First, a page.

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February 29, 2016

From Digital ‘Breadcrumbs’ To ‘Data Proxies’

George Leopold

To the list of data types roughly divided between “structured” and “unstructured” we can now add a third type referred to by theorists as “disembodied” data.

In a research paper published last month in the journal Body & Society, Gavin J.D. Smith of the Australian National University, notes that consumers carrying smartphones and wearing other connected devices are “walking sensor platforms.” The article, which also focuses on surveillance and privacy implications, asserts that humans have become either hosts or “the subjects of, an array of sensing devices that act to convert bodily movements, actions and dynamics into circulative data.”

Smith further posits that the interface between human “platforms” and sensor networks creates a “disembodied exhaust” or data trails defined as ” gaseous flows of personal information that establish a representational data-proxy.”

Or, as the spies say, “digital breadcrumbs” created when using mobile devices—even when they are turned off.

The resulting data proxies “paint a virtually intimate portrait of a person’s habits and situation, a networked impression of self,” Smith added. The researcher said his theory is intended to “conceptualize the body as a border site where data is simultaneously emitted and leveraged,” Smith asserted.

The “disembodied exhaust” given off when passing through a security scanner at the airport or physical movements detected by a Fitbit device give rise to a person’s “data-proxy,” the researcher argues. Connected apps then capture characteristics ranging from sleep patterns to consumer preferences. “This digital representation serves an as an abstracted figure created from the amalgamation of data traces” in a world filled with data networks.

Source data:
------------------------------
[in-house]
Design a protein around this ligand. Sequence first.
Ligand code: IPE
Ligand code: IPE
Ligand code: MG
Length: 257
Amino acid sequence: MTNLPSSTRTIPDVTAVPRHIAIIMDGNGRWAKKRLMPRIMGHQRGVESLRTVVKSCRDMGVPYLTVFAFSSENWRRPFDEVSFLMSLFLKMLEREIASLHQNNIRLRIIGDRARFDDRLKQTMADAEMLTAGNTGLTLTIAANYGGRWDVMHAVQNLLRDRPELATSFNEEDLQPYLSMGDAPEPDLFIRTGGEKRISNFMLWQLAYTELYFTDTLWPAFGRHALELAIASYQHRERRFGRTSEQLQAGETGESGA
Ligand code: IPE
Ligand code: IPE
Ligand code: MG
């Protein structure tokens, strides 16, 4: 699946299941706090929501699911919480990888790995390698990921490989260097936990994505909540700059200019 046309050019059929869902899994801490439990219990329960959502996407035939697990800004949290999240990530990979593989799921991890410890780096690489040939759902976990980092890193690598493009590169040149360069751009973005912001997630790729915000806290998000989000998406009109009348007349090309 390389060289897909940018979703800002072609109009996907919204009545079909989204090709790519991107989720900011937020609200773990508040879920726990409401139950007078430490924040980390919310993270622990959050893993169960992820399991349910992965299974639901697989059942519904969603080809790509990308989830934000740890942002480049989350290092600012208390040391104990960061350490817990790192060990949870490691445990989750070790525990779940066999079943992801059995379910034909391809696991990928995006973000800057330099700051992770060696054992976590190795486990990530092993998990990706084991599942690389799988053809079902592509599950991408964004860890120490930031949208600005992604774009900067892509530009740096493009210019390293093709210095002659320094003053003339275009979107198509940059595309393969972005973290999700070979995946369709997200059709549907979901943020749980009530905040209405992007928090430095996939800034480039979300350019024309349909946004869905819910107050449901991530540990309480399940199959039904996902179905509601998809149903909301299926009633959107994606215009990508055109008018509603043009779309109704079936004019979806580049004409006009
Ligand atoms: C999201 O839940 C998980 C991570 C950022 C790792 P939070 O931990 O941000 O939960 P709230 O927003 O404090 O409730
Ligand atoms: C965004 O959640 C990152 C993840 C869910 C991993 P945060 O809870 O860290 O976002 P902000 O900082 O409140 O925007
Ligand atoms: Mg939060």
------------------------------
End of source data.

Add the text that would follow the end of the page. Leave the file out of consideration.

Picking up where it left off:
Along with everyday data sharing, the phenomenon has created greater opportunities for data scientists in and out of governments to conduct what Smith calls “dataveillance.”

“Making online and offline behaviors visible as computer-generated visualizations help [organizations] to anticipate market trends, coordinate logistics and optimize services,” the researcher noted.

Moreover, the rise of what Smith derisively refers to as the “data-industrial complex” also has engendered more surveillance and, with it, growing concerns about privacy in an age when nearly everyone and everything is connected. Government agencies like the U.S. Federal Trade Commission have moved aggressively to crack down on data brokers, for example, accused of trafficking in personal, even health, data.

The theory of “disembodied exhaust” or data trails appears to raise the stakes in the ongoing battle over privacy and surveillance as a person’s every move can be tracked, recorded and analyzed. As Smith notes, a “mix of new technologies and organizational imperatives are refiguring the territory of the body in a culture that is increasingly obsessed with the production and consumption of data.”

The “data as exhaust” metaphor has been the target of ridicule in some quarters, but the implications of Smith’s research prompted data security and surveillance expert Bruce Schneier to post the research paper on his widely read security blog.

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